Mauritian banking legislation has been given an overhaul following the introduction of a new Banking...
Mauritian banking legislation has been given an overhaul following the introduction of a new Banking Bill with the main difference being the re-categorisation of the onshore and offshore banking sectors into one.
The bill, which is the responsibility of deputy prime minister and finance minister Pravind Kumar Jugnauth, is the latest in a series of initiatives, the ultimate aim of which is to turn Mauritius into a mainstream financial centre.
There have been two banking licences available in the country - one for onshore and the other for offshore. Now there will be only one banking licence that the Bank of Mauritius will authorise.
Other new regulations include banks being required to publish a disclosure statement as well as a quarterly report within 45 days after the end of each calender quarter which is to be signed by its directors.
There must also be an appointment of an auditor for each bank that will report whether the financial statements have been prepared in accordance with international accounting standards and any prudential requirement set out in guidelines issued by the central bank.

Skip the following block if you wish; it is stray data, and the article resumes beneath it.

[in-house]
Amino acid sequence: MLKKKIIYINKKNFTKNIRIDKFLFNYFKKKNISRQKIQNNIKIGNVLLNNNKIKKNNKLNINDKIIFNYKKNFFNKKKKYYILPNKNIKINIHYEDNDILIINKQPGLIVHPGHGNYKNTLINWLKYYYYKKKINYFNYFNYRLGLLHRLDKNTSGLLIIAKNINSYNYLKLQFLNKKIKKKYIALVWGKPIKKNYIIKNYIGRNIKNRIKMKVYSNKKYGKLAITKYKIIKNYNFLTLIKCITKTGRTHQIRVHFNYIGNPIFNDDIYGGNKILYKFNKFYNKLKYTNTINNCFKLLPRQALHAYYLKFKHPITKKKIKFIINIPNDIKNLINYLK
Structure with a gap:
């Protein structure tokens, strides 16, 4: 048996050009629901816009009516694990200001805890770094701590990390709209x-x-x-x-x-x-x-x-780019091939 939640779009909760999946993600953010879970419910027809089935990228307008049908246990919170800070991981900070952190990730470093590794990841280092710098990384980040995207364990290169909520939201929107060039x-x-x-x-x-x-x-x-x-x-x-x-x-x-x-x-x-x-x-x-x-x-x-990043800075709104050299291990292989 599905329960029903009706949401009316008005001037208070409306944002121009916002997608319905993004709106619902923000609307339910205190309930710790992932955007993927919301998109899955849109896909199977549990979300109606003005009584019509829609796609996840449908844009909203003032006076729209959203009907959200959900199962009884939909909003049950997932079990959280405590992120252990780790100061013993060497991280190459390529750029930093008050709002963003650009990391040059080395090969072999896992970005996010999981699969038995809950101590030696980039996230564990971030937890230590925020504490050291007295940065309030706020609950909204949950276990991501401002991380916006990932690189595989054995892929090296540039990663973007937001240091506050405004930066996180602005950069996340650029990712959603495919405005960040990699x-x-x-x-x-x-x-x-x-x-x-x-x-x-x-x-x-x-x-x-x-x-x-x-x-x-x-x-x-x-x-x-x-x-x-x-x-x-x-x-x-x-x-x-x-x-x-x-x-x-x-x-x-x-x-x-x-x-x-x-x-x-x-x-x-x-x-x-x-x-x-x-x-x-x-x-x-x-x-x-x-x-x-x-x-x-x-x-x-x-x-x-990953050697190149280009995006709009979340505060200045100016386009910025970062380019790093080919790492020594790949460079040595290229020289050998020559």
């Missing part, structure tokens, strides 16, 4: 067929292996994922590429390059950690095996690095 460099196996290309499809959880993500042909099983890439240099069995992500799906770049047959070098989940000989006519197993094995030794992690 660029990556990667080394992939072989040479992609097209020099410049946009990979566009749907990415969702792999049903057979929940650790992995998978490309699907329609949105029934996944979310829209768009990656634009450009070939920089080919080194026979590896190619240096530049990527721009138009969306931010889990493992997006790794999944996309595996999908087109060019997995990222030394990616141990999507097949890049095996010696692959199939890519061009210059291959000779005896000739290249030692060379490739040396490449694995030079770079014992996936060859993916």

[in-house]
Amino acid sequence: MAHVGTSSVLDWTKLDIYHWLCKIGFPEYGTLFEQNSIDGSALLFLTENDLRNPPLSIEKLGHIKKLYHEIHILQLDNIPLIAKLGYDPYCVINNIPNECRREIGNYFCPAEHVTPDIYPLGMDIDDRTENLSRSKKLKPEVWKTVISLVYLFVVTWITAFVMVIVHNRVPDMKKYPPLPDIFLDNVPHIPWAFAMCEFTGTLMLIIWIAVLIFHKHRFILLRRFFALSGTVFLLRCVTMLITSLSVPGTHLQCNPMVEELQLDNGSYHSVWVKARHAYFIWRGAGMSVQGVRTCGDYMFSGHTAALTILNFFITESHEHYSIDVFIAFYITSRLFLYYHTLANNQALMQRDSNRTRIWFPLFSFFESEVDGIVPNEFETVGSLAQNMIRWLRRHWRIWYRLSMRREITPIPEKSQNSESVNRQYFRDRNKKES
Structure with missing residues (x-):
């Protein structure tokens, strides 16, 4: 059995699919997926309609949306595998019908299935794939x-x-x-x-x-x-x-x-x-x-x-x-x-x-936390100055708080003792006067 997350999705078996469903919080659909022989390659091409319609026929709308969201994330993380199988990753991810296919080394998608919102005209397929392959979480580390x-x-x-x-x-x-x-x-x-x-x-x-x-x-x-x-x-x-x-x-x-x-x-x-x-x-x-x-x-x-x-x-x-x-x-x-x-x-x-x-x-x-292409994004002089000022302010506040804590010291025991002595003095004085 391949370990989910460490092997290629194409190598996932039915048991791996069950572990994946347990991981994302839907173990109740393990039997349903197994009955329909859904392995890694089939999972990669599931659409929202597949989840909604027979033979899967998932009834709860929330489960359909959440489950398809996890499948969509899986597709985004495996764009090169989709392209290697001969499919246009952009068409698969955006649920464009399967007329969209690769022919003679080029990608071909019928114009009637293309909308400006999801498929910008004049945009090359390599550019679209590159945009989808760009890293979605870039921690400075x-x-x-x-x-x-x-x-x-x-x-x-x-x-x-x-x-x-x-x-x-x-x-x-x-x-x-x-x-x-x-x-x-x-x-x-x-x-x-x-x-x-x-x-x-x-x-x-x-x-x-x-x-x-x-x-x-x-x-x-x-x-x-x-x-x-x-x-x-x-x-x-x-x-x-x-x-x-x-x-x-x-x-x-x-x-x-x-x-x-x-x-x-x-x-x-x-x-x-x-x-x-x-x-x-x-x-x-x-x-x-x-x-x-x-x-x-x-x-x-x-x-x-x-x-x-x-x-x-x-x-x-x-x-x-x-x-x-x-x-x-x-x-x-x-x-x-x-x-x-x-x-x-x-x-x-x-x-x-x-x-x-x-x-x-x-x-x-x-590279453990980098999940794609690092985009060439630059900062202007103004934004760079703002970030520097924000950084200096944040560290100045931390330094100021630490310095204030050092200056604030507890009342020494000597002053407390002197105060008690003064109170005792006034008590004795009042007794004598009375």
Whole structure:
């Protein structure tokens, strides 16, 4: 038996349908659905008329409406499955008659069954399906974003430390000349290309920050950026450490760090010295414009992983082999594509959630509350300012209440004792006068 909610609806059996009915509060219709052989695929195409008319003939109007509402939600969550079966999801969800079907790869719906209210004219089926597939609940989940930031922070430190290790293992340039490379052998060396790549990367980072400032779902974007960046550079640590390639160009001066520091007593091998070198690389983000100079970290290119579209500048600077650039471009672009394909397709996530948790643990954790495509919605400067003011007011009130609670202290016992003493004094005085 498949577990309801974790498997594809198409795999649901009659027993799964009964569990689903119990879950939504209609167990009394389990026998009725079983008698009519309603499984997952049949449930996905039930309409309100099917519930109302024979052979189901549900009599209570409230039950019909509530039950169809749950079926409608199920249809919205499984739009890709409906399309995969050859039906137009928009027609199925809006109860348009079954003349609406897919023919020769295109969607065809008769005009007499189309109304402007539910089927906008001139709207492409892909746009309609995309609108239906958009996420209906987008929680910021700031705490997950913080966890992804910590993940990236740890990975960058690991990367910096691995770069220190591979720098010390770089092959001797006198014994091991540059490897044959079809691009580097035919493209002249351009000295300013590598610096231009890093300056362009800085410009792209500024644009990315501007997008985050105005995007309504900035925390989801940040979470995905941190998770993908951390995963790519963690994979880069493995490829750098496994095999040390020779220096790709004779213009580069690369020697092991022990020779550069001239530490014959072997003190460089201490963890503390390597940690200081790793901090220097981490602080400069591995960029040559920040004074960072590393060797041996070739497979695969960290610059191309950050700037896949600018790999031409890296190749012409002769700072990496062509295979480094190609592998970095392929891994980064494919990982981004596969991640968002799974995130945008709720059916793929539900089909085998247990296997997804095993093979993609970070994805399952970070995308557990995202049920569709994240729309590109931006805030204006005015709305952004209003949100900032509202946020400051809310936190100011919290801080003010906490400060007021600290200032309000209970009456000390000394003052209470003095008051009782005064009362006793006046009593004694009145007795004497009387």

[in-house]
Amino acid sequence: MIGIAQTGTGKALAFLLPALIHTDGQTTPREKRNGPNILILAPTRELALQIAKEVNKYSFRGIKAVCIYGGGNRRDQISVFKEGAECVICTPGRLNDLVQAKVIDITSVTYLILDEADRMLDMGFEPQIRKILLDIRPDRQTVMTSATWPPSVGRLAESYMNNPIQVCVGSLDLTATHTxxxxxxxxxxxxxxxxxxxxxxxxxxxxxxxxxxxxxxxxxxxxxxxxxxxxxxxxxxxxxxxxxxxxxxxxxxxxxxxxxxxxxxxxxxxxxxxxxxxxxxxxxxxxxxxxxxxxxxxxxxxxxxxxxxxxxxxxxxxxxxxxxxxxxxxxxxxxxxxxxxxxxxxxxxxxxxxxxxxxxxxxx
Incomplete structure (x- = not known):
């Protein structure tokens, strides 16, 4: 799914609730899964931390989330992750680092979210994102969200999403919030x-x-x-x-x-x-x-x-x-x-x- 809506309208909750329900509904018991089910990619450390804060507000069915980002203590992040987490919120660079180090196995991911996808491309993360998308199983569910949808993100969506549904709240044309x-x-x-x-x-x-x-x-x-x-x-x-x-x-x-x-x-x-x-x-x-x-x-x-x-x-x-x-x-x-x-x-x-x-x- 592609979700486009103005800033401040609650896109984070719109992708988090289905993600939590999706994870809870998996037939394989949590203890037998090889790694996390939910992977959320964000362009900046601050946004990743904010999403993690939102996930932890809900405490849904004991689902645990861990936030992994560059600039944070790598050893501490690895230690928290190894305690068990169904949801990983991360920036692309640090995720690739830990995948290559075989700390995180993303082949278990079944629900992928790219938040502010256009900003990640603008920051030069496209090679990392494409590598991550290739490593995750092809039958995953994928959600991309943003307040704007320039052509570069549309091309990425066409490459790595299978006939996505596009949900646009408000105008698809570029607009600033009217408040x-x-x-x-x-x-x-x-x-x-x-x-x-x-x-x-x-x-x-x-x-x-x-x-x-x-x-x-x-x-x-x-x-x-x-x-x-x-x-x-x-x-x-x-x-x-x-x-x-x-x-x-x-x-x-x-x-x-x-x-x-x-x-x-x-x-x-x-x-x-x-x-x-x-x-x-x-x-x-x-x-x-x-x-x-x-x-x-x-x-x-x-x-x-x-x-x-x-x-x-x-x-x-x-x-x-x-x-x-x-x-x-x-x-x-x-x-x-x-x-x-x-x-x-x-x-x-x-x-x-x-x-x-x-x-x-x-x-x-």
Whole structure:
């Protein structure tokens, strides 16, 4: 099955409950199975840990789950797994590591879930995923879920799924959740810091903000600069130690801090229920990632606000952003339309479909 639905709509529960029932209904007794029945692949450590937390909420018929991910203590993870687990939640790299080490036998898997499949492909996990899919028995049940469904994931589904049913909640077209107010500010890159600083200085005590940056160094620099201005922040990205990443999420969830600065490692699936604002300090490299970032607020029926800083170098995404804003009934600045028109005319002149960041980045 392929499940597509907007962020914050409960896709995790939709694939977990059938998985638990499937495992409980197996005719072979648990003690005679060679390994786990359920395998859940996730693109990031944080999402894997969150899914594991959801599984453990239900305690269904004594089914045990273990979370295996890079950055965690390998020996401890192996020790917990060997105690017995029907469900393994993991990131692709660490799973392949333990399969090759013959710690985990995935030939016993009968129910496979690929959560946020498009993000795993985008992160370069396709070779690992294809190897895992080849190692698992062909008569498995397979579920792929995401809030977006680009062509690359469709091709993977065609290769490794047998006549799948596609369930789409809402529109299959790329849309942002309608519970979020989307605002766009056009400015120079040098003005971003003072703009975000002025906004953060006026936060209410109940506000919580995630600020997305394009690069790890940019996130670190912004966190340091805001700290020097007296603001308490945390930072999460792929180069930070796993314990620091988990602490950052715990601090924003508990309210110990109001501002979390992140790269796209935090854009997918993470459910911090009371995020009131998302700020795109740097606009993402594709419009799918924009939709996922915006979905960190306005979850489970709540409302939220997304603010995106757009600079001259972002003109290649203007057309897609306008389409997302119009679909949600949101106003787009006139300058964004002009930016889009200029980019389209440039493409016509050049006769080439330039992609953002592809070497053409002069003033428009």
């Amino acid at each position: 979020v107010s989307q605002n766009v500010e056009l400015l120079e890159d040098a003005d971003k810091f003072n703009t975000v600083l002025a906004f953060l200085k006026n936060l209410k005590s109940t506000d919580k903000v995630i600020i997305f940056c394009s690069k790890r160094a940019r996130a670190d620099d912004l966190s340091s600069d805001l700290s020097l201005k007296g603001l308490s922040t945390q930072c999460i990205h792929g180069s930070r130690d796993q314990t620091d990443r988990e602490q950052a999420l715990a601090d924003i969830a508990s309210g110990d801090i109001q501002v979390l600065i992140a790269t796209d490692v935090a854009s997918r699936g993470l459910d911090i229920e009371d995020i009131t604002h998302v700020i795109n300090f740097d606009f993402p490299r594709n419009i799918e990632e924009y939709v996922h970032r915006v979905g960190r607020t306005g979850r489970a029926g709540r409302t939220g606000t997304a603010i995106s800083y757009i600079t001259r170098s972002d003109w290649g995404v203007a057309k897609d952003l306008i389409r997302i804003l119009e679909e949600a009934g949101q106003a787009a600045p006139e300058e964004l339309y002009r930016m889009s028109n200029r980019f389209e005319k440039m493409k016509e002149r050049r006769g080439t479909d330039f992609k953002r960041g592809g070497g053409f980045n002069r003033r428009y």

Financial statements must be completely fair and properly drawn up and to have been prepared on a basis consistent with that of the preceding year.
To hold a licence a bank must have RUP200m ($7m) held in assets. Every bank must maintain Mauritian currency of not less than 10% or higher according to their risk assets. Each bank must also place 15% of the net profits in a reserve account.
Banks will have to undergo an independent assessment of credit worthiness and financial stability or undergo an independent appraisal to assess the value of its assets, in particular real estate and other related assets.
An independent assessment will also include whether or not the bank is adhering to banking laws in relation to anti-money laundering and prevention of terrorism.
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